Ciolli took time from working on final exams to talk to the Law Blog. “Three years of legal education has been wasted because of an unmoderated message board,” he said, adding, “The timing is absolutely horrible.” The 23-year-old, who contributes to First Movers, a blog written by law students and graduates, added that “I don’t know what I’m going to do next.”
You can read the whole post, which recounts the fascinating correspondence between DeWitt and Ciolli (pictured at right), over here.
Commentary from Professor Dave Hoffman, who has written extensively about AutoAdmit / Xoxohth in the past, appears at Concurring Opinions.
What do we think? Eh, we generally steer clear of this subject. What do YOU think?
(In this poll, which we admit is vaguely worded, you can substitute “fair” or “appropriate” in the place of “justified,” if you wish. We’re just trying to get a general sense of how many of you agree, and how many of you disagree, with what Edwards Angell did.)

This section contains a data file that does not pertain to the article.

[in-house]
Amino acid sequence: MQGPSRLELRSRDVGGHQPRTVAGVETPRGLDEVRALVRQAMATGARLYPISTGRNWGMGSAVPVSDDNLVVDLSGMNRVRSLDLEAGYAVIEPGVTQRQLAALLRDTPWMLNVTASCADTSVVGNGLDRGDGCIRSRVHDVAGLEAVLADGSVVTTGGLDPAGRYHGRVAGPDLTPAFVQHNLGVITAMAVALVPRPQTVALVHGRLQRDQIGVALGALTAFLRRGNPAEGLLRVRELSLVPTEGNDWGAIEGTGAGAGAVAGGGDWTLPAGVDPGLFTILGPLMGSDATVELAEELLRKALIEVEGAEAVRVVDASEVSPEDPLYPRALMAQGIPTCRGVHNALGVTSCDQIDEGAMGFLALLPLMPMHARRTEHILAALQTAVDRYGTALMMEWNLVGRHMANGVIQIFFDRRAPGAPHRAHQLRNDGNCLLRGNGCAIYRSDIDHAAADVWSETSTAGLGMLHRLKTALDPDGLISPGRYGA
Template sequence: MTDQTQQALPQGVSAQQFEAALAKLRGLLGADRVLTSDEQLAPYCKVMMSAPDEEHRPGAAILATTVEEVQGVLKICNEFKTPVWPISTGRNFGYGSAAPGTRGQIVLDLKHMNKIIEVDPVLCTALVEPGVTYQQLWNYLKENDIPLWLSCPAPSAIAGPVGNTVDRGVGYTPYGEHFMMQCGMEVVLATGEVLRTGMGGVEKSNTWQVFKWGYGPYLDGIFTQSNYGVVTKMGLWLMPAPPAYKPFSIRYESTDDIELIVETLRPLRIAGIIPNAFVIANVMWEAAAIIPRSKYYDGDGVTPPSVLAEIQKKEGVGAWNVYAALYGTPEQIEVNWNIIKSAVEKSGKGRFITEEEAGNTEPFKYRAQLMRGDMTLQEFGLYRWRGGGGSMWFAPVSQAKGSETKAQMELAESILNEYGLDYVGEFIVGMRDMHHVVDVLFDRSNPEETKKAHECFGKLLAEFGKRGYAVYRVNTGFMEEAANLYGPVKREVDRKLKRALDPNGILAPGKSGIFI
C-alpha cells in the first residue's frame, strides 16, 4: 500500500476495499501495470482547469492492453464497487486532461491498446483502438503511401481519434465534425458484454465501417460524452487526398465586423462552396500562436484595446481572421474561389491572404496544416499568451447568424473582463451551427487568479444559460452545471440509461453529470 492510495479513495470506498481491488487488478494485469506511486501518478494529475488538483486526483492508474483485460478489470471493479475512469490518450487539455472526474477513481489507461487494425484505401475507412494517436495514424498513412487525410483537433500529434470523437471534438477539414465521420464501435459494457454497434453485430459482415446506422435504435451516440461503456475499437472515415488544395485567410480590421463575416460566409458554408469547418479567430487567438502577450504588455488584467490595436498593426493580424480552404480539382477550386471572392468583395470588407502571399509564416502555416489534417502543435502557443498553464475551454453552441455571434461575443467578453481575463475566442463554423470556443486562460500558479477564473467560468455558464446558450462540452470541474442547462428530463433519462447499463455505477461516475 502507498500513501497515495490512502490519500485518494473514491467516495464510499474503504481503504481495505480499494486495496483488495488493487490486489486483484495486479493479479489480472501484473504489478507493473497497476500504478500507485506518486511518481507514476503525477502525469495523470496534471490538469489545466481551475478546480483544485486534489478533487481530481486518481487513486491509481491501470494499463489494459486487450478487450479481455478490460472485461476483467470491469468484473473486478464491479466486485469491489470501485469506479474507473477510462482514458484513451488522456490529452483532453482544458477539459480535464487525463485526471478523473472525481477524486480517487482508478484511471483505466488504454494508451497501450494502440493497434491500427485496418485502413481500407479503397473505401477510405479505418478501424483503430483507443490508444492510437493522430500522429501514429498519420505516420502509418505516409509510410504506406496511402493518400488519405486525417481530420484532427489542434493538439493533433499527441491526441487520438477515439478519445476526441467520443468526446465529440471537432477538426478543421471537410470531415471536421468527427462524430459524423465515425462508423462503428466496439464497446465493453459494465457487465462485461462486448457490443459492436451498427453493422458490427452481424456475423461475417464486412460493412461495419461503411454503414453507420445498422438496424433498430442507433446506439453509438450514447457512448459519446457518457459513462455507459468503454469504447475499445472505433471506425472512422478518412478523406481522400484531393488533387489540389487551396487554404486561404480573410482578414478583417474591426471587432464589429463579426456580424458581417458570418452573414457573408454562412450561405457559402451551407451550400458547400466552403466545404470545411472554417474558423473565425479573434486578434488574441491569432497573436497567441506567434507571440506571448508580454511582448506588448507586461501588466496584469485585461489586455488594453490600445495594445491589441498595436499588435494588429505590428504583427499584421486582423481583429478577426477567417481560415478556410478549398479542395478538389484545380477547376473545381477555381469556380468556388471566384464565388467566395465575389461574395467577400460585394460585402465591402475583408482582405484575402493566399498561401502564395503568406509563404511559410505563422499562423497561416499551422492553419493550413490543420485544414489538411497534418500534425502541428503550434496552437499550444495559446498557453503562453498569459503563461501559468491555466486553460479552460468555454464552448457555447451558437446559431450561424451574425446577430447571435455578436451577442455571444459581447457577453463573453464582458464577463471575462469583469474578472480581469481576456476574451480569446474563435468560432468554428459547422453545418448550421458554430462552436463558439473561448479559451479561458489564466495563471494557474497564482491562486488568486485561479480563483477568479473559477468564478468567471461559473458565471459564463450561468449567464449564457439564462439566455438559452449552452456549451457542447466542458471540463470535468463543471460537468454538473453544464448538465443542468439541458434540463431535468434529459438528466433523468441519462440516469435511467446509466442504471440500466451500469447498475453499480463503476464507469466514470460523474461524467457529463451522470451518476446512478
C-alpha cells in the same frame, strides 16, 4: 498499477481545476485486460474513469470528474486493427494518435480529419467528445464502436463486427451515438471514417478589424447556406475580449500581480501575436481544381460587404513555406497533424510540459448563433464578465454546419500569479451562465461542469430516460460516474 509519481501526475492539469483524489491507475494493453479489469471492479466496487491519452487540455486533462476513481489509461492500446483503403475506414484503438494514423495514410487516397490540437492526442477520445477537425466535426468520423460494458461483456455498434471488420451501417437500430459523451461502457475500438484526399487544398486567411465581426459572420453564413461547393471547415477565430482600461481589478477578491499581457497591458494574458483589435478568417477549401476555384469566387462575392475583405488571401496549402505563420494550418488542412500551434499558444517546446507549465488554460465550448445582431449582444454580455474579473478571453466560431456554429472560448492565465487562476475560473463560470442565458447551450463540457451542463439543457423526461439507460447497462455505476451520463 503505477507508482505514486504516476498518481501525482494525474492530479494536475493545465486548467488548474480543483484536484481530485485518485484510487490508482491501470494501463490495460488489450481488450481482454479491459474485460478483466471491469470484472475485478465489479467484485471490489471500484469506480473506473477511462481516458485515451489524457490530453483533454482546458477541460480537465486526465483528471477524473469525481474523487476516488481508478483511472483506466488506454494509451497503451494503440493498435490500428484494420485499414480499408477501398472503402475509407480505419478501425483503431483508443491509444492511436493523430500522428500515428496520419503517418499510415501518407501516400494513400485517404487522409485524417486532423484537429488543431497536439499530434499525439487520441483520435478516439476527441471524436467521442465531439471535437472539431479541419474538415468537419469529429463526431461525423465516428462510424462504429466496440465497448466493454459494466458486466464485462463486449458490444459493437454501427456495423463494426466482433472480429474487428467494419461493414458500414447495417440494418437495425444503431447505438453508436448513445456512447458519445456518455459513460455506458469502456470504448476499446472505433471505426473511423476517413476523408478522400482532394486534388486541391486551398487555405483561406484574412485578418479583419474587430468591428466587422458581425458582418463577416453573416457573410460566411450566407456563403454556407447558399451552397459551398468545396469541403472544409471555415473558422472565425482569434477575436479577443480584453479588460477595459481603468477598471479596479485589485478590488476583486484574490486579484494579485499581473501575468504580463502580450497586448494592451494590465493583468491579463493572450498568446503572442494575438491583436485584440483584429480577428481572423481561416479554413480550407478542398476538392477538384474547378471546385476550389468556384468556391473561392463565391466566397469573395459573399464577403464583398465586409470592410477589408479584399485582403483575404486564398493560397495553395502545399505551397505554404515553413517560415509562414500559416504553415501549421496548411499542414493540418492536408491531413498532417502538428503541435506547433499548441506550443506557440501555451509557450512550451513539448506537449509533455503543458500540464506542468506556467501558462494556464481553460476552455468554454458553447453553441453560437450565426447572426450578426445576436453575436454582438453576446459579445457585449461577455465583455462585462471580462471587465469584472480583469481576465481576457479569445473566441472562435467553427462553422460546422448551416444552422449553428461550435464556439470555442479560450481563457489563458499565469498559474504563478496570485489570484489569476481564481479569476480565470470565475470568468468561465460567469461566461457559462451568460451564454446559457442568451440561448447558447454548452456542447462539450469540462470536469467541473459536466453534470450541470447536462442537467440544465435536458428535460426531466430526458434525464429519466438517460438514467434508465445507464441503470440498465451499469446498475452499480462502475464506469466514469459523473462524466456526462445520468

We recently posted about an amusing Craigslist “Missed Connections” ad (text here; no longer available on CL itself). It was posted by a lovelorn, 30-year-old male, with a crush on a female Supreme Court employee who shows up to oral argument in tails.
We wondered whether our poster might have a crush on Pamela Talkin, the Marshal of the Court. Although she may be a little old for the typical thirty-year-old, Talkin does wear tails to oral argument. And some guys have a real thing for older women.
In the comments to our post, however, several of you helpfully suggested that the woman in question might be Denise McNerney, the Merits Clerk, who “is often in the courtroom in tails.” Ms. McNerney was described as “very attractive,” “stunning,” “in her early 30s, nice, and drop-dead gorgeous.”
So what did we do? We contacted the original Craigslist poster, by email, and asked him for more details about his crush.